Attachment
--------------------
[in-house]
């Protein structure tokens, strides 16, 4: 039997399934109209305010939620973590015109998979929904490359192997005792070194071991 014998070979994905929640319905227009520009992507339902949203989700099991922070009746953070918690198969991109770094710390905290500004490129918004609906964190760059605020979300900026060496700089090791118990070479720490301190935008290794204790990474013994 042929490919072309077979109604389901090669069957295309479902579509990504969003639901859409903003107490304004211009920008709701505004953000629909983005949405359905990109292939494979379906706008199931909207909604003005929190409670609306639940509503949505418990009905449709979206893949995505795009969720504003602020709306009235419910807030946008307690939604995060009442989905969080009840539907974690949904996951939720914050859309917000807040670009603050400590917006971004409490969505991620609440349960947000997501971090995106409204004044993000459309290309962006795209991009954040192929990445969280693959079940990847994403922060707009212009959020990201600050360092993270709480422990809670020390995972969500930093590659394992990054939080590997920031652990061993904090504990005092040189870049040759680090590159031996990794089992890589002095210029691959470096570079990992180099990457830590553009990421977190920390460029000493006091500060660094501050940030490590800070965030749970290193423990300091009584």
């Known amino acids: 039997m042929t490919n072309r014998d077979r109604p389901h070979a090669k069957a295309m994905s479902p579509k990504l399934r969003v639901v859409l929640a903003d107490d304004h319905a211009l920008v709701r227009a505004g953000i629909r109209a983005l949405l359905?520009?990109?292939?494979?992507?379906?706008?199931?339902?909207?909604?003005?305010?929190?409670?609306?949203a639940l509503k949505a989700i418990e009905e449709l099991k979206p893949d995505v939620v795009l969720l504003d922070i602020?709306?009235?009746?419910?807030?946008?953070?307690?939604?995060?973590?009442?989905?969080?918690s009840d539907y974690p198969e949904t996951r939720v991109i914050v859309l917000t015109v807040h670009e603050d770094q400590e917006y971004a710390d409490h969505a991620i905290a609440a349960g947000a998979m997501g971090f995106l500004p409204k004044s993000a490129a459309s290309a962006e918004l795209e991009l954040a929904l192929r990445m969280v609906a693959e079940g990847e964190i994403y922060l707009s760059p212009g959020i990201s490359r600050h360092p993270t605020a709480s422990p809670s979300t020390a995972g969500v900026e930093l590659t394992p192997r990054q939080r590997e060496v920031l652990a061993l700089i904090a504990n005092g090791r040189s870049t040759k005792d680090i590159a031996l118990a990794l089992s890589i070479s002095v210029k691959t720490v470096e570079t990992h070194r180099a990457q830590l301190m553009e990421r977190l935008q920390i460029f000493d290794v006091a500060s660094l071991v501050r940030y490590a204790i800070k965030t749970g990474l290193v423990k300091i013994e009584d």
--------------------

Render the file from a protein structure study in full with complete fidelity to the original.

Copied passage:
[in-house]
């Protein structure tokens, strides 16, 4: 039997399934109209305010939620973590015109998979929904490359192997005792070194071991 014998070979994905929640319905227009520009992507339902949203989700099991922070009746953070918690198969991109770094710390905290500004490129918004609906964190760059605020979300900026060496700089090791118990070479720490301190935008290794204790990474013994 042929490919072309077979109604389901090669069957295309479902579509990504969003639901859409903003107490304004211009920008709701505004953000629909983005949405359905990109292939494979379906706008199931909207909604003005929190409670609306639940509503949505418990009905449709979206893949995505795009969720504003602020709306009235419910807030946008307690939604995060009442989905969080009840539907974690949904996951939720914050859309917000807040670009603050400590917006971004409490969505991620609440349960947000997501971090995106409204004044993000459309290309962006795209991009954040192929990445969280693959079940990847994403922060707009212009959020990201600050360092993270709480422990809670020390995972969500930093590659394992990054939080590997920031652990061993904090504990005092040189870049040759680090590159031996990794089992890589002095210029691959470096570079990992180099990457830590553009990421977190920390460029000493006091500060660094501050940030490590800070965030749970290193423990300091009584």
């Known amino acids: 039997m042929t490919n072309r014998d077979r109604p389901h070979a090669k069957a295309m994905s479902p579509k990504l399934r969003v639901v859409l929640a903003d107490d304004h319905a211009l920008v709701r227009a505004g953000i629909r109209a983005l949405l359905?520009?990109?292939?494979?992507?379906?706008?199931?339902?909207?909604?003005?305010?929190?409670?609306?949203a639940l509503k949505a989700i418990e009905e449709l099991k979206p893949d995505v939620v795009l969720l504003d922070i602020?709306?009235?009746?419910?807030?946008?953070?307690?939604?995060?973590?009442?989905?969080?918690s009840d539907y974690p198969e949904t996951r939720v991109i914050v859309l917000t015109v807040h670009e603050d770094q400590e917006y971004a710390d409490h969505a991620i905290a609440a349960g947000a998979m997501g971090f995106l500004p409204k004044s993000a490129a459309s290309a962006e918004l795209e991009l954040a929904l192929r990445m969280v609906a693959e079940g990847e964190i994403y922060l707009s760059p212009g959020i990201s490359r600050h360092p993270t605020a709480s422990p809670s979300t020390a995972g969500v900026e930093l590659t394992p192997r990054q939080r590997e060496v920031l652990a061993l700089i904090a504990n005092g090791r040189s870049t040759k005792d680090i590159a031996l118990a990794l089992s890589i070479s002095v210029k691959t720490v470096e570079t990992h070194r180099a990457q830590l301190m553009e990421r977190l935008q920390i460029f000493d290794v006091a500060s660094l071991v501050r940030y490590a204790i800070k965030t749970g990474l290193v423990k300091i013994e009584d």